# Problems and conjectures that have positive practical consequences for society, once solved

This question made me think a bit about how mathematics can be used in such a way that society benefits from it.

I think there are quite a lot of good answers to the aforementioned question. Still, it seems to me that most of the ways to do mathematics "for good" involves doing some sort of applied mathematics, which means you often have to worry about other things rather than the mathematics itself. For me, however, part of the appeal to mathematics stems from the fact that you can work on a problem without having to resort to making observations of "the real world". I guess it's a form of escapism, it's just you and the problem and while your working on it, there aren't a lot of other things on your mind.

Even though the pursuit of solving a purely mathematical problems can be very stimulating and satisfying if you manage to solve it, I sometimes wish that I could work on something of which I would know it would have a positive impact on society. Sure, you know that there's a chance it will be applied to solve a problem in the empirical sciences, but you don't know that for sure. Hardy didn't know his contributions to number theory , which he did not consider to be useful ("Nothing I have ever done is of the slightest practical use"), turned out to come in very handy when designing cryptographic algorithms (See the RSA algorithm).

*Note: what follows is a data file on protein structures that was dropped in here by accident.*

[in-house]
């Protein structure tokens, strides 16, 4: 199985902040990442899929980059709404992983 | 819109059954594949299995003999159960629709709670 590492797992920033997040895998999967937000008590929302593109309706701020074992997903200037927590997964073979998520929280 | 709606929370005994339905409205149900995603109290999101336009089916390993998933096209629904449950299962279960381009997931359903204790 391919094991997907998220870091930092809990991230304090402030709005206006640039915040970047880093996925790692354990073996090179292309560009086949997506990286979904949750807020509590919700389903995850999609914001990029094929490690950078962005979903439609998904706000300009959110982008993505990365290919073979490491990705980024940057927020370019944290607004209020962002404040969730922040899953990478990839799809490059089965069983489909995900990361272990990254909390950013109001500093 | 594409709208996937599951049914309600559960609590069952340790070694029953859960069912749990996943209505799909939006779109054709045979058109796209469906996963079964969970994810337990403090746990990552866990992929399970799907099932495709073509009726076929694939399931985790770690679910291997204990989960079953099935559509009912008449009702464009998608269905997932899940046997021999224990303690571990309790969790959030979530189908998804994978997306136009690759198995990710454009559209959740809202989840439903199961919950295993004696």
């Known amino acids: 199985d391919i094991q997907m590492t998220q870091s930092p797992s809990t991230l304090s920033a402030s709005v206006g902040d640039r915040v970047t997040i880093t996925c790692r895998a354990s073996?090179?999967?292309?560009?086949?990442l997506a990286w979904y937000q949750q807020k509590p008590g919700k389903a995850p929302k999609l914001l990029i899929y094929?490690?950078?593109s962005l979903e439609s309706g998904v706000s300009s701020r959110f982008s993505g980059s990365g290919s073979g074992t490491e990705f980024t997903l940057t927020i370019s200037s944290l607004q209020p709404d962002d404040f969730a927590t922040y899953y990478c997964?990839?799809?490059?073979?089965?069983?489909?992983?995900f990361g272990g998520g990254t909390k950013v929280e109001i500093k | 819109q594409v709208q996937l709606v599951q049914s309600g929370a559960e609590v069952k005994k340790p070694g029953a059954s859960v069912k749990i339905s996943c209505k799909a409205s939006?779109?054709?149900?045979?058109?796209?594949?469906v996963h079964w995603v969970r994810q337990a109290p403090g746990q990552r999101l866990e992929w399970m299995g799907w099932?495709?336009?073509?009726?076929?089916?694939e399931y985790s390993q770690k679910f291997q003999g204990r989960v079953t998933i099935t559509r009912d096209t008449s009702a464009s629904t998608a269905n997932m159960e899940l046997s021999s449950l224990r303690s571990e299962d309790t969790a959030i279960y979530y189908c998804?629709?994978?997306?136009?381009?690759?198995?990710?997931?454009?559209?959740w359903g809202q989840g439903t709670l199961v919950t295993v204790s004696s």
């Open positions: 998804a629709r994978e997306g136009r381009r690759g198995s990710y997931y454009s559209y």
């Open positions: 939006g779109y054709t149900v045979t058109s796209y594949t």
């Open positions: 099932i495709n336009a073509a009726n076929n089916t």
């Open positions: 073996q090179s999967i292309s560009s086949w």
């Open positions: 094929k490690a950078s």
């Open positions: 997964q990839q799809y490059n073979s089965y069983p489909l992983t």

I was wondering if there are any purely mathematical problems and conjectures of which it known to have a positive impact on society, once they are solved. By a "mathematical problem" I don't mean "Try to find ways to approximate the solution to some set of partial differential equations more quickly, because it would be useful to predict the weather". That's too vague. I'm talking about genuine, purely mathematical problems and conjectures. Please describe exactly how the resolution of the problem and/or conjecture would be of any "good" to society.

• In my opinion this is extremely subjective and should be closed. Moreover, it is essentially impossible to answer; we can never know the net effect of anything. For example, dynamite was used to kill plenty of people; but it's also helped us perform tasks that used to have to be done with manual labor. But is that a good thing if people lost their jobs because of it? And so on. Mathematics and its applications provide us with tools (physical, algorithmic, etc.). Any tool can used for "good" or for "bad" ends; that is up to us. There is no (and cannot be) a direct line math $\rightarrow$ good. – Zev Chonoles Dec 7 '11 at 16:27